Name: Native Chilean Raw Honey. Ulmo Tree Honey.
You can buy it: At Whole Foods or on the Internet here.
Purchased: January, 2009
Flavor: Anise with strong element of black currents. Has a very pleasant, lingering black licorice aftertaste.
Fragrance: Anise seed.
Notes: Why don’t Peruvians, Bolivians and Ecuadorians look to Chile as their model rather than to some Leftist lunatic like Hugo Chavez? South America remains one of the great economic mysteries to me. I’ve been there twice and thoroughly enjoyed my visits. The people are hard-working and ambitious. You can feel the energy in the air – whether that air be in Brazil, Peru or Argentina. Sometimes, like in Lima, you can literally hear the energy with car and mini-bus horns blaring, day and night. But these countries always manage to squander whatever progress they make by embracing demagogues like Chavez and their utopian, guaranteed-to-fail, socialist fantasies.
Chile is the one clear exception. For three decades it has been a model of free market capitalism and has thrived. It has the most vibrant economy, the best education system, the least crime and the highest standard of living on the continent. Much of the winter produce in American supermarkets comes from Chile. They are also the world’s leading producers of salmon and have developed a rapidly expanding and improving wine sector. Santiago, the capital has the temperate climate of San Diego and the cosmopolitan life-style to match.
The Chileans almost blew it in the early 1970’s when they elected the Marxist Salvador Allende, one of the Left’s great martyrs to lead the country. He was quickly leading it off the proverbial cliff when he was overthrown by a military coup headed by General Augusto Pinochet. With some help from the CIA and economist Milton Friedman, Pinochet, reviled by Leftists at universities world-wide, saved the country. That’s not the politically correct version of Chile’s history, but it happens to be true. As usual, Paul Johnson, the British historian, in his must-read Modern Times provides a brief and compelling summary of these events.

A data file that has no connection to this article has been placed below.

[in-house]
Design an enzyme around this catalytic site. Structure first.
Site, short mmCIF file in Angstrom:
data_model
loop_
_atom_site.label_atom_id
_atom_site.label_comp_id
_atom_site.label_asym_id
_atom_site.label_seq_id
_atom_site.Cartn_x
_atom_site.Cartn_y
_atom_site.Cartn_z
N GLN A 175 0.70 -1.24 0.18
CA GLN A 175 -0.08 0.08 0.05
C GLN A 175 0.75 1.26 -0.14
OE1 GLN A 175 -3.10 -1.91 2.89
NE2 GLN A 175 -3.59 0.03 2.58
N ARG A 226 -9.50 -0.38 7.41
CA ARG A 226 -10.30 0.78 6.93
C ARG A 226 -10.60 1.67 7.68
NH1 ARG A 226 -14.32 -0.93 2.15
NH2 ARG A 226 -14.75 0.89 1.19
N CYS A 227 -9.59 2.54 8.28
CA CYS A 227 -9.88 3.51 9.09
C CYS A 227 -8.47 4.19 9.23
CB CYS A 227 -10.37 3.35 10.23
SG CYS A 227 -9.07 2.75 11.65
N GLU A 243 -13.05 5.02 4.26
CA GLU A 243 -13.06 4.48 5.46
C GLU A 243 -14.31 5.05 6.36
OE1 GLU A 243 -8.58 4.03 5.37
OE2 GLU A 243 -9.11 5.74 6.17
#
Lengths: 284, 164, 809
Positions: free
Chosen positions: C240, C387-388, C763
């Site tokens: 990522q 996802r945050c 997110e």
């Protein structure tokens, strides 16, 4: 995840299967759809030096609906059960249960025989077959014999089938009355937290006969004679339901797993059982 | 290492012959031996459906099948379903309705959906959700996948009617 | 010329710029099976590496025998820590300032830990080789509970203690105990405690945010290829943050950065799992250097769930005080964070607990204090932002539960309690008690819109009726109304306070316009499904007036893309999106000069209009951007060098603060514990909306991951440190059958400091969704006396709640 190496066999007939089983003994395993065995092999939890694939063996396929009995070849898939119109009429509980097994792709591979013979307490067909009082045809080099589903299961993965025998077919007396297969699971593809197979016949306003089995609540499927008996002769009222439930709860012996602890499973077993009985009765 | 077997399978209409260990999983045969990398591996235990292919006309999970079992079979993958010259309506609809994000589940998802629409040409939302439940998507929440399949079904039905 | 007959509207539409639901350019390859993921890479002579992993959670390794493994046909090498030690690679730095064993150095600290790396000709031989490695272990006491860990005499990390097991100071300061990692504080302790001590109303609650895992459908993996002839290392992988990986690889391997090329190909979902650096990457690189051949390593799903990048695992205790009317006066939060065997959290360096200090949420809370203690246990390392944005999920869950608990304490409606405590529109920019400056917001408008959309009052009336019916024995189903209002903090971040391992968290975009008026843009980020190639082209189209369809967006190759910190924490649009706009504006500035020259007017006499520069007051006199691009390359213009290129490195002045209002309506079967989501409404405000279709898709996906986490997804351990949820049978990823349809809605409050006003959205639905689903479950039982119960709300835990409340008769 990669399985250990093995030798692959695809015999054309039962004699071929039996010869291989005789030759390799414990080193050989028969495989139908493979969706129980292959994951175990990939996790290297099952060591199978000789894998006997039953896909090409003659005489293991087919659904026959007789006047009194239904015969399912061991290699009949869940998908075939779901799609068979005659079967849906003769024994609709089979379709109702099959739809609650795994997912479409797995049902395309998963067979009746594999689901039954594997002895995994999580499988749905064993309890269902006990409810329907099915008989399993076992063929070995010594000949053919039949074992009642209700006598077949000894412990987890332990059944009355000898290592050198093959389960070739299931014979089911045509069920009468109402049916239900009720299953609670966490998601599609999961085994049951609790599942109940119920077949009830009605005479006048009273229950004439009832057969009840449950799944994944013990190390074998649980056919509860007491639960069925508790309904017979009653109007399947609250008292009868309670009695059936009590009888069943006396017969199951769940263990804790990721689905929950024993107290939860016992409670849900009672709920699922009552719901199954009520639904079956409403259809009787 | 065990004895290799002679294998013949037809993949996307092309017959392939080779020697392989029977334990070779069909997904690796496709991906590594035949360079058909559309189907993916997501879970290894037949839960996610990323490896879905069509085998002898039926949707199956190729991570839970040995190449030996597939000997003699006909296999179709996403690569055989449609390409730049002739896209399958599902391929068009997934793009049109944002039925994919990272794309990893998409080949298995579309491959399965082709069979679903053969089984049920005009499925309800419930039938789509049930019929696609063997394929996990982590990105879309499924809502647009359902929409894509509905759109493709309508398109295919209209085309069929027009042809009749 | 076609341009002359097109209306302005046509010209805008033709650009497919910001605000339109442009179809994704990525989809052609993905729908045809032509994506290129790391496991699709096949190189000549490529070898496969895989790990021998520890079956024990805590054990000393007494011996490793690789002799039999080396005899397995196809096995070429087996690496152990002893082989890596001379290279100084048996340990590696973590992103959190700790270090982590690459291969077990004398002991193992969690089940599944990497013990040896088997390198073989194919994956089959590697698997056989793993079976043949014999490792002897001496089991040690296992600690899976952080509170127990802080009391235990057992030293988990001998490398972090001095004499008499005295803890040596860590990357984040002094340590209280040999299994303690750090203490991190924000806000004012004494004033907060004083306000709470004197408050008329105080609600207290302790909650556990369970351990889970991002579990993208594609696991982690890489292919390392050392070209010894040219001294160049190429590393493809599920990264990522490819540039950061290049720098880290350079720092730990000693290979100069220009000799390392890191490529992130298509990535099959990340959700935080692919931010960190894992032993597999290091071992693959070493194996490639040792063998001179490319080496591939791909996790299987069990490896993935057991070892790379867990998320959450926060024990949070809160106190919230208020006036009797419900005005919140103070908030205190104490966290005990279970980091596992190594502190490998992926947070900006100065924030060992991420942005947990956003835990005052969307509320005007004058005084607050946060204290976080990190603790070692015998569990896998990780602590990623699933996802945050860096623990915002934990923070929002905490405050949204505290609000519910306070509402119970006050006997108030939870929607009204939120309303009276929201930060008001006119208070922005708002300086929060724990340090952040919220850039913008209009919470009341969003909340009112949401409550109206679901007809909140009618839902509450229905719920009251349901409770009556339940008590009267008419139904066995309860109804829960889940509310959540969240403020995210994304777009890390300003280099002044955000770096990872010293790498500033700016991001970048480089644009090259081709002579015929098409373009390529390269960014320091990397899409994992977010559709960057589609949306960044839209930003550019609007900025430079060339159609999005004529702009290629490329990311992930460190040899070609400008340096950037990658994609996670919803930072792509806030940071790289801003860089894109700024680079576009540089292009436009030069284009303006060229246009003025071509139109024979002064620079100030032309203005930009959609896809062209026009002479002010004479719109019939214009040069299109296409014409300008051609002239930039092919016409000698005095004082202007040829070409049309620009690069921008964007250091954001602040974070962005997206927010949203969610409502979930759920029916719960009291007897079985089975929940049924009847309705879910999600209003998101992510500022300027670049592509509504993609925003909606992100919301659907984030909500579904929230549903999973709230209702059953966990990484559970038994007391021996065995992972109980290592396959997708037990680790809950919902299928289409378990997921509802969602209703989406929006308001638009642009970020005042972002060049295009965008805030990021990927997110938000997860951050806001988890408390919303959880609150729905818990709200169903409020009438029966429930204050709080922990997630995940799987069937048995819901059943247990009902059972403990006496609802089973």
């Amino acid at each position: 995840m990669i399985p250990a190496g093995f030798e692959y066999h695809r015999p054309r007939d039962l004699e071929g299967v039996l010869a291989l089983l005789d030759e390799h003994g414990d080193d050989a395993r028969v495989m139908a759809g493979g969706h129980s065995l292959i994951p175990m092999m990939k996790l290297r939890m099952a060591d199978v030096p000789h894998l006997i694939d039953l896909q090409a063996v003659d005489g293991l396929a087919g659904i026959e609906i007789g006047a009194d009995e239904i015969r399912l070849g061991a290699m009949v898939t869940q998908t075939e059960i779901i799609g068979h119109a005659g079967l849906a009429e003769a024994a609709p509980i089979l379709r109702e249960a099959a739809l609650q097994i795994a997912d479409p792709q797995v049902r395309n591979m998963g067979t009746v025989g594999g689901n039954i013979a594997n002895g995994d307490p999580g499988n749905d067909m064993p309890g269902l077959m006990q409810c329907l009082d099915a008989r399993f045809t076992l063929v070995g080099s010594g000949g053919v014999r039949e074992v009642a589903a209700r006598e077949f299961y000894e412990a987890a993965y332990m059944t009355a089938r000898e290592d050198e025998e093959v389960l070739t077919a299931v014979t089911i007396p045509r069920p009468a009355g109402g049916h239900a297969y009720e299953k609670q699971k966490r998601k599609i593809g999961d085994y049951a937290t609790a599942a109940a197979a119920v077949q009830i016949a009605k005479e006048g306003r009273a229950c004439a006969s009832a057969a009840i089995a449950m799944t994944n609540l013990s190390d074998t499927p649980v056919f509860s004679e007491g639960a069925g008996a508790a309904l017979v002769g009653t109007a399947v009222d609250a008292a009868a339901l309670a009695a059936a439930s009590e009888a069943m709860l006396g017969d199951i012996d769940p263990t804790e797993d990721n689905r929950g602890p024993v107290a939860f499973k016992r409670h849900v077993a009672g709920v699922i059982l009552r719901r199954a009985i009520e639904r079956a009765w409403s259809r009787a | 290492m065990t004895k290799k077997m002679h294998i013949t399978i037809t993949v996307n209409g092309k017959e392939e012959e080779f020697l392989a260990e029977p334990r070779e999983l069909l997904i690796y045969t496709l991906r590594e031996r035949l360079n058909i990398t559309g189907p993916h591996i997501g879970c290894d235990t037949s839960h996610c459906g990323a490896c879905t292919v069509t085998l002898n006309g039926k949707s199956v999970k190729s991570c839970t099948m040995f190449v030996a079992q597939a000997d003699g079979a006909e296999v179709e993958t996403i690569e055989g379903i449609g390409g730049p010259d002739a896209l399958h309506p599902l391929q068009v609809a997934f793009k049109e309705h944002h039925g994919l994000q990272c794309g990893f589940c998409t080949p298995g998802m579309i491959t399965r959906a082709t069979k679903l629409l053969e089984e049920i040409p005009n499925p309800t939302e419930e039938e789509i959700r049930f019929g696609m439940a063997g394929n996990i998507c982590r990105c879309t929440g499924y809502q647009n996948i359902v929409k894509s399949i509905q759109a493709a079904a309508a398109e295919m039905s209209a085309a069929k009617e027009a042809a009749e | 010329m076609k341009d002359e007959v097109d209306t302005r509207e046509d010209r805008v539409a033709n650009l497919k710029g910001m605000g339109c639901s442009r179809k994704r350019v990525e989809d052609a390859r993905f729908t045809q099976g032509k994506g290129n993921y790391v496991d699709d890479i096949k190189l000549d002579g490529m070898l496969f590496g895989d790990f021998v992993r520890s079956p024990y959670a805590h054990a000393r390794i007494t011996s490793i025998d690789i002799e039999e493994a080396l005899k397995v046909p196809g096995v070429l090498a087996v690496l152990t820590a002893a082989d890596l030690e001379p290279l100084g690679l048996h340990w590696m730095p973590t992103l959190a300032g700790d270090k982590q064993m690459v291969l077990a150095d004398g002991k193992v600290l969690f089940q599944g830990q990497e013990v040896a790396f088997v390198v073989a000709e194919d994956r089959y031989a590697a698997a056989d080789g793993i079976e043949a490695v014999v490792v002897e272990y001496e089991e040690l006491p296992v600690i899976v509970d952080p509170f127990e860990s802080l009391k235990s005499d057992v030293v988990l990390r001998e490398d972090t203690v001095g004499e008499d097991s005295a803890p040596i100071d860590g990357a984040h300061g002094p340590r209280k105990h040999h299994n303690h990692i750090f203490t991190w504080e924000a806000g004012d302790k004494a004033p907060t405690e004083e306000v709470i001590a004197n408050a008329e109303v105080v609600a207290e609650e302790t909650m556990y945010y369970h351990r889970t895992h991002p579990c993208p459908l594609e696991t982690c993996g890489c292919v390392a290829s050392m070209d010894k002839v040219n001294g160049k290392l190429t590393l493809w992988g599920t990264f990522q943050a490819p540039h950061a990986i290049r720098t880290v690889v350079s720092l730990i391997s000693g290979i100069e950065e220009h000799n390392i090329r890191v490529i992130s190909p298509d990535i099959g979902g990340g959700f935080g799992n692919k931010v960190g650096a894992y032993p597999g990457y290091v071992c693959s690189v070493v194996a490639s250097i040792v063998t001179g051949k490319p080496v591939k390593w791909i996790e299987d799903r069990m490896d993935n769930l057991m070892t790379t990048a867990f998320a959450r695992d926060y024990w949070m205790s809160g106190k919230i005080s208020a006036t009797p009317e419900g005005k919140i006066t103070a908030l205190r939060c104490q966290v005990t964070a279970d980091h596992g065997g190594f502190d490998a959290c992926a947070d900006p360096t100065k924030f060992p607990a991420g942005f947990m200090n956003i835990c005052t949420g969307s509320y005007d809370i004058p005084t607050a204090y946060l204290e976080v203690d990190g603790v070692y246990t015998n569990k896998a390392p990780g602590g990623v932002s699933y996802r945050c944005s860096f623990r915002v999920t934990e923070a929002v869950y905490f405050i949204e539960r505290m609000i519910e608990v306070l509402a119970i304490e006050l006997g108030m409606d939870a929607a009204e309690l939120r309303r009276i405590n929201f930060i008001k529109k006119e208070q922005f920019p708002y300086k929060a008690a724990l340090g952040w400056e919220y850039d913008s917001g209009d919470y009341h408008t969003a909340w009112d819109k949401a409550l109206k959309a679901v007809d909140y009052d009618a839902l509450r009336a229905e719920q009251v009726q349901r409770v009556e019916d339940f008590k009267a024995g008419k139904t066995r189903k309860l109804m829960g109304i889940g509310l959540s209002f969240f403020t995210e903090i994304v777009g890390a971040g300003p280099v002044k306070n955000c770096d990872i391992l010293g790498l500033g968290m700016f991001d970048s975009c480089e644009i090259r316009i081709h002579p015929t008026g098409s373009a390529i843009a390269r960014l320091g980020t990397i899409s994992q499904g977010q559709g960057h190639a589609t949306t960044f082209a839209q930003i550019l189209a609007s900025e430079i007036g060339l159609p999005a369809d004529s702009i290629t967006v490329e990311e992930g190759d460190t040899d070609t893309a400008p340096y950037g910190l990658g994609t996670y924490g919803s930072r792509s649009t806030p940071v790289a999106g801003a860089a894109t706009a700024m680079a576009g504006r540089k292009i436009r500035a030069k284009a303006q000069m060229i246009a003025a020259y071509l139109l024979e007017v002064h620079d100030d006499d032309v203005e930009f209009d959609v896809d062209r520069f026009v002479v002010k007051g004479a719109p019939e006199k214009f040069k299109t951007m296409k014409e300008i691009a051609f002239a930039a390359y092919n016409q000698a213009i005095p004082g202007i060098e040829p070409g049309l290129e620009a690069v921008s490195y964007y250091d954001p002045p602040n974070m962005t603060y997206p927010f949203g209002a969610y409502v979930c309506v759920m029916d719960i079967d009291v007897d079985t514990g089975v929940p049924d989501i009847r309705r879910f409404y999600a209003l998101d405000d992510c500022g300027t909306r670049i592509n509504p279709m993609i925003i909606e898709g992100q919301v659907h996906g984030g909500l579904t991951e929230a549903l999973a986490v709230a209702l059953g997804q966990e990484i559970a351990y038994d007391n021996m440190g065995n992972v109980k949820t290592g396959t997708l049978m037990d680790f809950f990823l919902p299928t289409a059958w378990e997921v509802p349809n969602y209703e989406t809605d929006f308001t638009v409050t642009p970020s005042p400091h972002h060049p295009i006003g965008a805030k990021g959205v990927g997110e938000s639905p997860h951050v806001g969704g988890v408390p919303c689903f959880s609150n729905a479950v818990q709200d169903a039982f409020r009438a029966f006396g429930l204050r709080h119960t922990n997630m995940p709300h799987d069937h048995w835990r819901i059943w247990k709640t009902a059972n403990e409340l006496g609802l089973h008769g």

Back to honey: This honey is monofloral, harvested by Chilean bees from the Ulmo Tree. I’ve never heard of it, but from the pictures I’ve seen, it’s very pretty. It grows abundantly in Chile and Argentina and blooms in February and March, the South American equivalent of our July and August. It’s large, camellia-like, white flowers make it a tempting bee destination.
The anise, licorice flavors hits you immediately and stays with you for minutes afterwards. Beautifully packaged and easily available from a very stylish website, once again Chile leads in the way for her South American neighbors.